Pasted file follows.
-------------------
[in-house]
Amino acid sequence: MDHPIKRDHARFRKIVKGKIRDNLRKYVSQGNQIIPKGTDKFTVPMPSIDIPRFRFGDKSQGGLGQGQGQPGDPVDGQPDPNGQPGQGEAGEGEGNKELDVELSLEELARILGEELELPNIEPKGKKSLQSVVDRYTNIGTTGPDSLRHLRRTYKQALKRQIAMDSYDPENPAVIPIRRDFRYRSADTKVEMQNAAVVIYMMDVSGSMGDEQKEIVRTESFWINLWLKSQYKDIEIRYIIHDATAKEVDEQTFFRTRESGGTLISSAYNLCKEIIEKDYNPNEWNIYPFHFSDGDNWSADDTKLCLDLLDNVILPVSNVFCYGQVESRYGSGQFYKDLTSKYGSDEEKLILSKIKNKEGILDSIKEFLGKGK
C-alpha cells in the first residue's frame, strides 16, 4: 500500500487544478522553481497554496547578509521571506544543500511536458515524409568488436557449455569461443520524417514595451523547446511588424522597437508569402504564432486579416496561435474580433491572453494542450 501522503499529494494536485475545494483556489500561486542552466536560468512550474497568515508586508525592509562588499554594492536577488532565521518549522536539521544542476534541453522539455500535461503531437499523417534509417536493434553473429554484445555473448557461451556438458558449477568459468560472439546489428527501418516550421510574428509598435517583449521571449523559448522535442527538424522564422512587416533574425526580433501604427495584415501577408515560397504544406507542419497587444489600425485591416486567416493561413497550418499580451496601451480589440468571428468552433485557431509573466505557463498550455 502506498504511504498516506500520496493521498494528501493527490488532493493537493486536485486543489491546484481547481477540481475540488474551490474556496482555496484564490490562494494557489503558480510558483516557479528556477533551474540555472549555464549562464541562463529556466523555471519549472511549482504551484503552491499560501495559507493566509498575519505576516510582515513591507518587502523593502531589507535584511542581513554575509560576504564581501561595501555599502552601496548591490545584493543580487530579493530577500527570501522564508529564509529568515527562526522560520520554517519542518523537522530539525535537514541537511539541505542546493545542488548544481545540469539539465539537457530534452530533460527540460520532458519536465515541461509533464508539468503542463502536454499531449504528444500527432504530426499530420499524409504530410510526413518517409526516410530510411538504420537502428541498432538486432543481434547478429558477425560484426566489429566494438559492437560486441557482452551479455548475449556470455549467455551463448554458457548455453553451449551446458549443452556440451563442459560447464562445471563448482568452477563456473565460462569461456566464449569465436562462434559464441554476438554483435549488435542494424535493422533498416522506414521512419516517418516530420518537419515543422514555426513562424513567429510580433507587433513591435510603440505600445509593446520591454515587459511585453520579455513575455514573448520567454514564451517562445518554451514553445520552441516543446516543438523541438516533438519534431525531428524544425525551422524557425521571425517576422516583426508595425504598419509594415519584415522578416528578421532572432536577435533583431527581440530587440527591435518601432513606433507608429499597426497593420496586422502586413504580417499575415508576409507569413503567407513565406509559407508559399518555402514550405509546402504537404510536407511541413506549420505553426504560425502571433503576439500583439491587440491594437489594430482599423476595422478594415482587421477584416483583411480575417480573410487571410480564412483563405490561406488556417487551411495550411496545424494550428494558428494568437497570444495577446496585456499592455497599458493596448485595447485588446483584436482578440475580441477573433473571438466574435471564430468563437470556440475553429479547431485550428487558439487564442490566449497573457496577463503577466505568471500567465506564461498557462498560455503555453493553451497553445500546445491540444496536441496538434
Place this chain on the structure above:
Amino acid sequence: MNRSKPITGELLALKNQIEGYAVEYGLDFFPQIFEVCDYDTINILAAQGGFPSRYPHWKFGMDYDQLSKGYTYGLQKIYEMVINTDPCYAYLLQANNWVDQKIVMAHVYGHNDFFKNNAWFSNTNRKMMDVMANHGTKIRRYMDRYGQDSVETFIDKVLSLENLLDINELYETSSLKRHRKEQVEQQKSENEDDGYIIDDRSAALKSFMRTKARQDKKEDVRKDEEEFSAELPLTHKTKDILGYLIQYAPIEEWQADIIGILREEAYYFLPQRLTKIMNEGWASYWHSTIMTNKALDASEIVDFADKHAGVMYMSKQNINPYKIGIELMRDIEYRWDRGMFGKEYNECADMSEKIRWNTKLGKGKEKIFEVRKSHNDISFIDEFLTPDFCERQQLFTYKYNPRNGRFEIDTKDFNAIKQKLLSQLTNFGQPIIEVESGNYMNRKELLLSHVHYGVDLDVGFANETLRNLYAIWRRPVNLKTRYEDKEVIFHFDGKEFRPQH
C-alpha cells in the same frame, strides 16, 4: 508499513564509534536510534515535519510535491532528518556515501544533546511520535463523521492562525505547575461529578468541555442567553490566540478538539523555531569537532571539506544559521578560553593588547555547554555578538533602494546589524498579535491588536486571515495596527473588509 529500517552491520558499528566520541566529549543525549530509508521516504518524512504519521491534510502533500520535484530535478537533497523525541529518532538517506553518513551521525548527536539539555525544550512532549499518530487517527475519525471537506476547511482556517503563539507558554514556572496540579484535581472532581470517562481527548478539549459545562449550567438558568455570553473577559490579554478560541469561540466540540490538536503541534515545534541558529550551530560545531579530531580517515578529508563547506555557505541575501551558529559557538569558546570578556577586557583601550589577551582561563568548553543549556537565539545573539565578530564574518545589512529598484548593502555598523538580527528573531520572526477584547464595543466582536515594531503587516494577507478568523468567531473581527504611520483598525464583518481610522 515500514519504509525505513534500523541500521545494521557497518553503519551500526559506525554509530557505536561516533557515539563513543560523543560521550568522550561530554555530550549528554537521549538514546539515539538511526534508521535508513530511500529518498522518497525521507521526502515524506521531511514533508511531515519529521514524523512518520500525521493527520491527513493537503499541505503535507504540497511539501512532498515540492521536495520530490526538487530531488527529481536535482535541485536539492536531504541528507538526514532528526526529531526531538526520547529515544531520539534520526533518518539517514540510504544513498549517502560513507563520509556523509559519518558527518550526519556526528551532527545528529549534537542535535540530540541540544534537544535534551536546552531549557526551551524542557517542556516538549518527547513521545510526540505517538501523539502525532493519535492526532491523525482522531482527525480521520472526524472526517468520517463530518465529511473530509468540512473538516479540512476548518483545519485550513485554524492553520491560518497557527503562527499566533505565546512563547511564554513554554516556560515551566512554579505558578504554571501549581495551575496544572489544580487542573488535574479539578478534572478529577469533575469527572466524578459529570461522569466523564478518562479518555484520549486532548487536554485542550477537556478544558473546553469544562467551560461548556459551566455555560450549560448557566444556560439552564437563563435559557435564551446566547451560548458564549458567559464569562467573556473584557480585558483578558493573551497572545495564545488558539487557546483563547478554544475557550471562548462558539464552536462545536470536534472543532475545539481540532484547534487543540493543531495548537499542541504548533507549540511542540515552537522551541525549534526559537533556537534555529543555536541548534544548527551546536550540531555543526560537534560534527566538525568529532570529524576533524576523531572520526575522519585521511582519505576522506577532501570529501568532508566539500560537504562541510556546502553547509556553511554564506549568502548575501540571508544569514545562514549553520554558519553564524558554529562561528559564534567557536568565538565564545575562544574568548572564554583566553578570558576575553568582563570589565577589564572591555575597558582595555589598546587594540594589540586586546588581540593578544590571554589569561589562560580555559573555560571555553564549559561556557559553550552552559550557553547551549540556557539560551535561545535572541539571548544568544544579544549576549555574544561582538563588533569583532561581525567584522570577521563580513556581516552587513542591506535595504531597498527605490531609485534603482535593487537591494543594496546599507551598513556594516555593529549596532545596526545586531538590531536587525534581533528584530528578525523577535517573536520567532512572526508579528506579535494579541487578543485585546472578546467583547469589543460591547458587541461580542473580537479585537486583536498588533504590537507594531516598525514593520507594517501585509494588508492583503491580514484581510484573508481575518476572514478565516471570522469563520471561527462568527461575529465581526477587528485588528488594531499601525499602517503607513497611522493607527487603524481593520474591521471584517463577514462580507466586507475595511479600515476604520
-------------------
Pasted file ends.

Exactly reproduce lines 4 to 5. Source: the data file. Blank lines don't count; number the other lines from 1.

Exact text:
Place this chain on the structure above:
Amino acid sequence: MNRSKPITGELLALKNQIEGYAVEYGLDFFPQIFEVCDYDTINILAAQGGFPSRYPHWKFGMDYDQLSKGYTYGLQKIYEMVINTDPCYAYLLQANNWVDQKIVMAHVYGHNDFFKNNAWFSNTNRKMMDVMANHGTKIRRYMDRYGQDSVETFIDKVLSLENLLDINELYETSSLKRHRKEQVEQQKSENEDDGYIIDDRSAALKSFMRTKARQDKKEDVRKDEEEFSAELPLTHKTKDILGYLIQYAPIEEWQADIIGILREEAYYFLPQRLTKIMNEGWASYWHSTIMTNKALDASEIVDFADKHAGVMYMSKQNINPYKIGIELMRDIEYRWDRGMFGKEYNECADMSEKIRWNTKLGKGKEKIFEVRKSHNDISFIDEFLTPDFCERQQLFTYKYNPRNGRFEIDTKDFNAIKQKLLSQLTNFGQPIIEVESGNYMNRKELLLSHVHYGVDLDVGFANETLRNLYAIWRRPVNLKTRYEDKEVIFHFDGKEFRPQH